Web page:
A friend of mine recently told me a joke popularized by Ronald Reagan. It makes a useful statement on what to do when things look bleak in your life. I looked it up and thought you’d enjoy the full context:
An excerpt from “How Ronald Reagan Changed My Life” by Peter Robinson:
The Pony In the Dung Heap
When Life Buries You, Dig
Journal Entry, June 2002:
Over lunch today I asked Ed Meese about one of Reagan’s favorite jokes. “The pony joke?” Meese replied. “Sure I remember it. If I heard him tell it once, I heard him tell it a thousand times.”
The joke concerns twin boys of five or six. Worried that the boys had developed extreme personalities — one was a total pessimist, the other a total optimist — their parents took them to a psychiatrist.
First the psychiatrist treated the pessimist. Trying to brighten his outlook, the psychiatrist took him to a room piled to the ceiling with brand-new toys. But instead of yelping with delight, the little boy burst into tears. “What’s the matter?” the psychiatrist asked, baffled. “Don’t you want to play with any of the toys?” “Yes,” the little boy bawled, “but if I did I’d only break them.”
Next the psychiatrist treated the optimist. Trying to dampen his out look, the psychiatrist took him to a room piled to the ceiling with horse manure. But instead of wrinkling his nose in disgust, the optimist emitted just the yelp of delight the psychiatrist had been hoping to hear from his brother, the pessimist. Then he clambered to the top of the pile, dropped to his knees, and began gleefully digging out scoop after scoop with his bare hands. “What do you think you’re doing?” the psychiatrist asked, just as baffled by the optimist as he had been by the pessimist. “With all this manure,” the little boy replied, beaming, “there must be a pony in here somewhere!”
“Reagan told the joke so often,” Meese said, chuckling, “that it got to be kind of a joke with the rest of us. Whenever something would go wrong, somebody on the staff would be sure to say, “There must be a pony in here somewhere.'”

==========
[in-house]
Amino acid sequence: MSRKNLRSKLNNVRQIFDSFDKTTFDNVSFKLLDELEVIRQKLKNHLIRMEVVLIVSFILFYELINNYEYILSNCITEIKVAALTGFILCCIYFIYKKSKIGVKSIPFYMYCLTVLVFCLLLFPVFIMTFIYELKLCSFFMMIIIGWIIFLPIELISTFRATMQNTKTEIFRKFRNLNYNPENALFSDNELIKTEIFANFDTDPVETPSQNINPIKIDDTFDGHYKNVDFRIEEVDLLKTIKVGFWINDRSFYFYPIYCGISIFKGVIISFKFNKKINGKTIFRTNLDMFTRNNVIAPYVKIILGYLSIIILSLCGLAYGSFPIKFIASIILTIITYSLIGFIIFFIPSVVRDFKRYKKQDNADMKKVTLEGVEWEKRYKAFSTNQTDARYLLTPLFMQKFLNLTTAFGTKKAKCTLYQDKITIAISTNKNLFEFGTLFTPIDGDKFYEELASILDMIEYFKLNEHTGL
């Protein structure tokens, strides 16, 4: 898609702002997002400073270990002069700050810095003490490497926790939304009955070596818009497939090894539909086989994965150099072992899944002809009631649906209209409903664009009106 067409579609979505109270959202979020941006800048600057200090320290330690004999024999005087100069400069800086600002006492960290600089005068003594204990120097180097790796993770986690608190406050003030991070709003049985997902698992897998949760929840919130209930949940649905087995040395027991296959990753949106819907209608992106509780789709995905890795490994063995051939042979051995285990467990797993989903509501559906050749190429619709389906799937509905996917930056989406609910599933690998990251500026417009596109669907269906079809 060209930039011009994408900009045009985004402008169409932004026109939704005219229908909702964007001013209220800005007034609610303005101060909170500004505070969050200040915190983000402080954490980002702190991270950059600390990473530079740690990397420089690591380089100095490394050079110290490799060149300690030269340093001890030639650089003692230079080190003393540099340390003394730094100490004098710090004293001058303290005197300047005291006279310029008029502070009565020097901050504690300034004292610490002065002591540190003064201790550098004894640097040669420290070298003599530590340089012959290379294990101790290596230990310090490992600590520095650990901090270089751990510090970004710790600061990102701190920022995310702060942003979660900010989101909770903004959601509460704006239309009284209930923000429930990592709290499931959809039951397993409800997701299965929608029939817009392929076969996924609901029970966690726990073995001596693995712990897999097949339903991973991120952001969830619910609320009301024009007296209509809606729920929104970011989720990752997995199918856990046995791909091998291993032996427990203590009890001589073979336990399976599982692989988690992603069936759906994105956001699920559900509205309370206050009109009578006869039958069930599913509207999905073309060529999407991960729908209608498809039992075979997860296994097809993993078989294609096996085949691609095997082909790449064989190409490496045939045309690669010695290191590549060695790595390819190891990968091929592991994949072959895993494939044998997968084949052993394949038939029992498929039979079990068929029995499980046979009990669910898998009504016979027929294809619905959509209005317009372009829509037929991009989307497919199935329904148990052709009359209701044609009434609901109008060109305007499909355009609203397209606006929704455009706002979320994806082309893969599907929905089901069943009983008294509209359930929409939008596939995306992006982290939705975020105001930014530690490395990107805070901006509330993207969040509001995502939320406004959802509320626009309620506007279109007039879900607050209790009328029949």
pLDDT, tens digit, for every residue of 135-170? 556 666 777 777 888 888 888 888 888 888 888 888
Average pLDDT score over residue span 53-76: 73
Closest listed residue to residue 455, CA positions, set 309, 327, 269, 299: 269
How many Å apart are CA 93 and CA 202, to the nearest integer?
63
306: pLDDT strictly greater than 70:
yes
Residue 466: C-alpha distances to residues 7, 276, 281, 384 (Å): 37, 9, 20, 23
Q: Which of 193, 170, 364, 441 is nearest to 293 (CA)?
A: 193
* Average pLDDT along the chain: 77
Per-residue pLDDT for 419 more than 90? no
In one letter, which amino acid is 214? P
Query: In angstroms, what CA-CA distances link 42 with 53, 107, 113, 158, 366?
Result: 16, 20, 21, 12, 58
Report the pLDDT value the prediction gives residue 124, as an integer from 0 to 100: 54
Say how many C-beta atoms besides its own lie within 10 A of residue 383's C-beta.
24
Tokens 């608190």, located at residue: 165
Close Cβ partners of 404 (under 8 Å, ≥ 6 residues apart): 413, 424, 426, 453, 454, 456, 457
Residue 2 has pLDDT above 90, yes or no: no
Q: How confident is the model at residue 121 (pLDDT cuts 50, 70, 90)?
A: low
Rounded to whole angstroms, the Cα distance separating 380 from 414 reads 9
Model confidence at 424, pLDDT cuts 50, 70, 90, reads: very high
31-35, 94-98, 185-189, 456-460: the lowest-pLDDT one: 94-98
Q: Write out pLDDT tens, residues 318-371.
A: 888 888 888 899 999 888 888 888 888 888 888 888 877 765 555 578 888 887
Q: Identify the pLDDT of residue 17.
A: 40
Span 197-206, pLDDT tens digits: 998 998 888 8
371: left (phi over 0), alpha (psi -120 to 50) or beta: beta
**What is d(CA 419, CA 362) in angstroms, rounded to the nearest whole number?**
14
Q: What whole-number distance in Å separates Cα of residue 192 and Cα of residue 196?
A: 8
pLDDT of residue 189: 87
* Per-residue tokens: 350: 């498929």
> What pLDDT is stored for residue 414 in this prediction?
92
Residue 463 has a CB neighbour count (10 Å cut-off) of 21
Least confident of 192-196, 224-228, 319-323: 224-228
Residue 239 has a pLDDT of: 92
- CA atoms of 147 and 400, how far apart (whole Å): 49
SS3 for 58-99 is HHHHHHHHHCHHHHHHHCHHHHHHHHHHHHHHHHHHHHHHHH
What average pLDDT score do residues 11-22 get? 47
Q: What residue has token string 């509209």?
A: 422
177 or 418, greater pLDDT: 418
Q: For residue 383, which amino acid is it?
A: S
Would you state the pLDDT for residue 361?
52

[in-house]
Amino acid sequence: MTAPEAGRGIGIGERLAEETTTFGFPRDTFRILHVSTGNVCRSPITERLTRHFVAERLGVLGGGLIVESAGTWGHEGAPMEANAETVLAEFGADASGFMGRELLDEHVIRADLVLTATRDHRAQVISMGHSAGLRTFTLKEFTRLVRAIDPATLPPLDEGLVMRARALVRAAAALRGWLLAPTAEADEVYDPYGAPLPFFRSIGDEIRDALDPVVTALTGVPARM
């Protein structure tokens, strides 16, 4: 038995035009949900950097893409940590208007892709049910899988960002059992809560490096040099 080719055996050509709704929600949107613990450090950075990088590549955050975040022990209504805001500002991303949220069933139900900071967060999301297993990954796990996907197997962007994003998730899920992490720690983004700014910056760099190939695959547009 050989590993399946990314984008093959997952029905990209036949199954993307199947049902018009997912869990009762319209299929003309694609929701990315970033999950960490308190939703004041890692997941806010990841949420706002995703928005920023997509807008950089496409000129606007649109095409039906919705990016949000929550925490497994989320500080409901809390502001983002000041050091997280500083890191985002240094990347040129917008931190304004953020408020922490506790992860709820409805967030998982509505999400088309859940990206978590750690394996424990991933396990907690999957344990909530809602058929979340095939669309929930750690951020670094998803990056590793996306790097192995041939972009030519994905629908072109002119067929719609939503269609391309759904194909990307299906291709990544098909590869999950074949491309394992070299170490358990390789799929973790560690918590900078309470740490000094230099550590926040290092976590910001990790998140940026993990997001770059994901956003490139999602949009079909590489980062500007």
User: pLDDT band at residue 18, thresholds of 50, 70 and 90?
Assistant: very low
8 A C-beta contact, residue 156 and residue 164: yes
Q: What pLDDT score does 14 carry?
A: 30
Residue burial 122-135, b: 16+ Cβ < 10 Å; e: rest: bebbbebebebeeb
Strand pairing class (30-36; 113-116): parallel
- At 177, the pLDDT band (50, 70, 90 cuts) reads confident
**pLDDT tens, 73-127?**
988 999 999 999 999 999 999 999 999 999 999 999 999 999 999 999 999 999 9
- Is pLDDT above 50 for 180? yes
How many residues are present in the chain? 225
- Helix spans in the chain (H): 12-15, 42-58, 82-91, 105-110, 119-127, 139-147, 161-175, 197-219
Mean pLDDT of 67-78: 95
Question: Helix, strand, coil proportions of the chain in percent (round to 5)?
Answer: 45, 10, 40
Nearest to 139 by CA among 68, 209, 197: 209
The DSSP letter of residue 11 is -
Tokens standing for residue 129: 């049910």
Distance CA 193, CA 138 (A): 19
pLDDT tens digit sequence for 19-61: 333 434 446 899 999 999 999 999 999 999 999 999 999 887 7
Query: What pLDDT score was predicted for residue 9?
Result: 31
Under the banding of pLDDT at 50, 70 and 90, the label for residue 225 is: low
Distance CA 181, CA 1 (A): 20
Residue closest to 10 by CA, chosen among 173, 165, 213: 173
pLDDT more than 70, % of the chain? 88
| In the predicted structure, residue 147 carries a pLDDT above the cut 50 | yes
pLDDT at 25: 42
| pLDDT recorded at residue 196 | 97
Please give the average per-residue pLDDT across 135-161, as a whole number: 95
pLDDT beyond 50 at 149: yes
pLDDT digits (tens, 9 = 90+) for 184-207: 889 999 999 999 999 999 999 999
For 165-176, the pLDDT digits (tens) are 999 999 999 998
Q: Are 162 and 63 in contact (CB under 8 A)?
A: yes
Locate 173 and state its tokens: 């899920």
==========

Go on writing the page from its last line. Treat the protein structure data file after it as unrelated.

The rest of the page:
As we looked at in my previous post “Joan of Arc on Living” (http://tinyurl.com/yehybr6), your outlook on life is colored by your underlying beliefs about life. Whether you call yourself an optimist or a pessimist is a matter of perspective, then, as life is life and the facts of the situation are the facts of the situation. What you emphasize in the situations you encounter will determine the nature of your experience. Again, it’s not so much what happens to you that matters, it’s how you handle what happens to you.
If you were able to take snapshot of every aspect of your life – your work, personal situation, home, family, friends, finances and your sense of self – and look at them one after another like flashcards, what words would you use to describe them? Some aspects of your life may appear more promising than others, but no matter what the factors are, you can always stand to improve your outlook and consequently your approach to handling your life.
Former First Lady Eleanor Roosevelt once said: “In the long run, we shape our lives, and we shape ourselves. The process never ends until we die. And the choices we make are ultimately our own responsibility.” Everybody makes choices every day. How effective do you feel you are in that realm of your function? “I wish I could make better choices,” you might say, and I would say that you can.
How? By making sure that you are looking in the right direction and the right place. Rather than entering a room and immediately jumping to conclusions about what is wrong, what isn’t working, what you don’t like, what you wish was different, go into the same room and ask yourself what is working here, what could you use as a step to the next goal and what can we agree on now? I can assure you that our Founding Fathers put that approach in the forefront of their minds when they summarized the principles upon which our Great Nation was built.
They found the pony in the room, but the more important question is, will you?